Hence, in the instant matter, the Defendants must present sufficient evidence to meet their burden of proof as to why Otrada is no longer entitled to a 100% tax exemption.
Mr. Noelizaire testified at trial that some time in May 2003, he conducted an inspection of the property owned by Plaintiff, stating that the purpose of his inspection was to "make sure that I checked out all the buildings on the grounds and what they were for.". Mr. Noelizaire testified that he learned from his inspection of the subject property that Otrada's residential properties, which he characterized as "non-profit purpose", measured 6,572 square feet, or 67%, out of a total square footage of all the Otrada buildings of 19,591, which information he reported to the Assessor of the Town of Ramapo.
Tr. Trans. at p. 11.
Tr. Trans. at p. 23 ("Q. And of those numbers, were you able to calculate what the percentage of the property being used, what was the percentage of the property being used for rental and residential purposes? A. Yes Q. What was that result? A. We know it was 67 percent of the property being used for non-profit purposes. Q. What did you find as non-profit purposes. A. We found that buildings that were not getting rentals, they were not getting any income from").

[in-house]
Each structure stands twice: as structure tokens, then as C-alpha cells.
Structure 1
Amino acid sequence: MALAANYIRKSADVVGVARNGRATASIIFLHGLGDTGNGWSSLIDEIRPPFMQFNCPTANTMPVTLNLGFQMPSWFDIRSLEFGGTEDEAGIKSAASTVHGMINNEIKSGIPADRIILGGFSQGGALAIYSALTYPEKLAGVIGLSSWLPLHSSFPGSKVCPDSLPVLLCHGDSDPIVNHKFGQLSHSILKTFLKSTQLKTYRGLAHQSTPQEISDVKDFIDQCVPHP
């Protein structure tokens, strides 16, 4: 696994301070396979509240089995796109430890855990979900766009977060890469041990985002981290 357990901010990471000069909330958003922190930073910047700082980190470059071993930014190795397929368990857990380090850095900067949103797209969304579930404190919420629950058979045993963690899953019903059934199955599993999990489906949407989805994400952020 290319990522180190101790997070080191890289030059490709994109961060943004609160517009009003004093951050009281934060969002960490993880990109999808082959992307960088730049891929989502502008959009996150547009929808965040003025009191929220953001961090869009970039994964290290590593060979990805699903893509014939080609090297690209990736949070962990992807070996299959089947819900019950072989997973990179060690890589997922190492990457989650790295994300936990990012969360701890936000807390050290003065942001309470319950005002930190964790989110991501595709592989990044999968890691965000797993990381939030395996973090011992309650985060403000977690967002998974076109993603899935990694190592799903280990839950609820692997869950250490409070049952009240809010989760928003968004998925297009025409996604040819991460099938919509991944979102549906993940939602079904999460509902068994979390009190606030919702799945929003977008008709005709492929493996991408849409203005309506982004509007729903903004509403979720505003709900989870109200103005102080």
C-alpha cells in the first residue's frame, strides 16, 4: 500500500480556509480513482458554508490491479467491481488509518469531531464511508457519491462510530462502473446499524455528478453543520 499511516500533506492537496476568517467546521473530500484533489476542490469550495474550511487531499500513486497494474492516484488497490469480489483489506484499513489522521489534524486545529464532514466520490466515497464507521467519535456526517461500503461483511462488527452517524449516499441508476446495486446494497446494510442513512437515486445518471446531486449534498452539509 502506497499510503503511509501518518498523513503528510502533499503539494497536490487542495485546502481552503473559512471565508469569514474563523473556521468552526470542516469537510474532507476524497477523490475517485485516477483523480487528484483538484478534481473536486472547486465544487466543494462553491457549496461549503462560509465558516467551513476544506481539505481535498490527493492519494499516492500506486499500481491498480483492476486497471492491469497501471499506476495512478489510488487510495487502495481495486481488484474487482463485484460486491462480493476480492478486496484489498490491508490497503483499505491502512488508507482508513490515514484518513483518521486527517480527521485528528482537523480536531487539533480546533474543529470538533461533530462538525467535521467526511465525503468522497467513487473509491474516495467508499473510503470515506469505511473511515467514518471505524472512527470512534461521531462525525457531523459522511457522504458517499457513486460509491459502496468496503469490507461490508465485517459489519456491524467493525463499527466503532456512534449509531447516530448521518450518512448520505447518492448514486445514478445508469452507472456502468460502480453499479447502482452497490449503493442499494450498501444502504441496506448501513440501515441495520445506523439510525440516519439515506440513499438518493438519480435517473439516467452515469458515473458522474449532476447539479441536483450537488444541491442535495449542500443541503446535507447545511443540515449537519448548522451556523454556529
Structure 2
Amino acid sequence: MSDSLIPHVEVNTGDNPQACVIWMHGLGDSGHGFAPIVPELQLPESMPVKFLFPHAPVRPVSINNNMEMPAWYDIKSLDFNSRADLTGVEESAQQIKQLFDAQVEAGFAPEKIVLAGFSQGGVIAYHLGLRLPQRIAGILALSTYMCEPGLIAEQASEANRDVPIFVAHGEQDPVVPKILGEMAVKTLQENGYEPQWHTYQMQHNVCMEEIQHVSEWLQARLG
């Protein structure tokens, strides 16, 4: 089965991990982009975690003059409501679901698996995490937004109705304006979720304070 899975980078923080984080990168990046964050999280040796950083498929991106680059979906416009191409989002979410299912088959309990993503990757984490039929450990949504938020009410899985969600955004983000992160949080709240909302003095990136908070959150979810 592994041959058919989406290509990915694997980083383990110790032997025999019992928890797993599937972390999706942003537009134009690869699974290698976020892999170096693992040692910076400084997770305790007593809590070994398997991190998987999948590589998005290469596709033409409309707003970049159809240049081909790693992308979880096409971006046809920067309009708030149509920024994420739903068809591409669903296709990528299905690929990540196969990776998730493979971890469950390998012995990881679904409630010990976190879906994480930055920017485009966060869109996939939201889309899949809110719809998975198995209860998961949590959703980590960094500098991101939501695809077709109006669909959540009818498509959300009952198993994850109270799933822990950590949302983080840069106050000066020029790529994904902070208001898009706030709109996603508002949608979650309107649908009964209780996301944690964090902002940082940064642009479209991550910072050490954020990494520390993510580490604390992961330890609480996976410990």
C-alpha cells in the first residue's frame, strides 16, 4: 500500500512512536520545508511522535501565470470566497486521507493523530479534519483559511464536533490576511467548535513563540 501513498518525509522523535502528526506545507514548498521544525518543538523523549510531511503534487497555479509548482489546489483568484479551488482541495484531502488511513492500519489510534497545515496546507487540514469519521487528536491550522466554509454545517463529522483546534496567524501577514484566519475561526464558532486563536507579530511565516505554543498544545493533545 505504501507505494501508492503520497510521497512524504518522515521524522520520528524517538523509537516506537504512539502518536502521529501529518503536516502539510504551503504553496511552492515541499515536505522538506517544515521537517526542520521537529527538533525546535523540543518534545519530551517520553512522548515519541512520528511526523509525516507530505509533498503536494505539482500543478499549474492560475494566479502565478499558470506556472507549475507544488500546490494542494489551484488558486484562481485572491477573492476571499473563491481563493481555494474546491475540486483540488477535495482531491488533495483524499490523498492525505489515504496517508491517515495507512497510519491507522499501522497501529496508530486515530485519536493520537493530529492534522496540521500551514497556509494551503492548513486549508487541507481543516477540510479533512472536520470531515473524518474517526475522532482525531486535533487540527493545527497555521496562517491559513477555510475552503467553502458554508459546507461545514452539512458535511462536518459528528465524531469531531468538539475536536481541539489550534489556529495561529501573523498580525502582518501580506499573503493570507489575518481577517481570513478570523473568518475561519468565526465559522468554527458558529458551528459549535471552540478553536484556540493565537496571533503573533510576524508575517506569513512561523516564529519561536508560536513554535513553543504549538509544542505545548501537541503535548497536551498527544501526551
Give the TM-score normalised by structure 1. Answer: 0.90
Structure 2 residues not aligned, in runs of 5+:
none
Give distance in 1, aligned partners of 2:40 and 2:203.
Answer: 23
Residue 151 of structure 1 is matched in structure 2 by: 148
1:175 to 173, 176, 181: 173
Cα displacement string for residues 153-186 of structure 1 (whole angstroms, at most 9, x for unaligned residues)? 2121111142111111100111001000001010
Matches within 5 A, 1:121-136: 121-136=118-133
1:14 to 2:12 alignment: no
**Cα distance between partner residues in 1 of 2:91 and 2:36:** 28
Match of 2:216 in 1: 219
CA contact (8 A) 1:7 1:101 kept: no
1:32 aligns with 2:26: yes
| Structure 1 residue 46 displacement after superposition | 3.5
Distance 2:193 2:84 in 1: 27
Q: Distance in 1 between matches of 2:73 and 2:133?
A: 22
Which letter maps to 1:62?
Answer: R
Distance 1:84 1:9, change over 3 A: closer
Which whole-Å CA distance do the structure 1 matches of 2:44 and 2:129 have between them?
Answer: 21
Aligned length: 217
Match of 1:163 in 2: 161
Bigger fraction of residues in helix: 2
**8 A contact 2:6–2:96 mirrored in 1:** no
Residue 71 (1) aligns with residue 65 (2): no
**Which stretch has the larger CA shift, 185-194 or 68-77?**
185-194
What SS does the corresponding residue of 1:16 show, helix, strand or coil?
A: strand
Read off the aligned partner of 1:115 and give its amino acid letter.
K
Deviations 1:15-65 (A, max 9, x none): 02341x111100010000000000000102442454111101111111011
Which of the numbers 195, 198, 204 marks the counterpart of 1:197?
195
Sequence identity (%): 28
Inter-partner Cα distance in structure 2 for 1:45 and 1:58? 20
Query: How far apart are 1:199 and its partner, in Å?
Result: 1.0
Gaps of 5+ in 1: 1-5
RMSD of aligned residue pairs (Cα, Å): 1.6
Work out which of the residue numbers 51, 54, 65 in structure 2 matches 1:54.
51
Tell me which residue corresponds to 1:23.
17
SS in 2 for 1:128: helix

Mr. Noelizaire testified that as a real property appraiser for the Town of Ramapo Assessor's Office, his only job regarding his 2003 inspection of the Otrada property was to report his findings to the Assessor, which he stated that he did, and not to make a decision as to what portion of the property should be exempt. Also, Mr. Noelizaire testified that he did not make any recommendations to the Assessor as to how much of the property should be exempt and how much should be non-exempt. Defendants Did Not Meet Their Burden
Tr. Trans. at p. 25 ("Q. So then you yourself never made any decision as to what portion of the property should be exempt and what portion should not be exempt? A. My job was to report to the Assessor. That was it.").
Tr. Trans. at. 26 ("Q. Did you make any recommendations as to how much should be exempt and how much should be non-exempt? A. No.").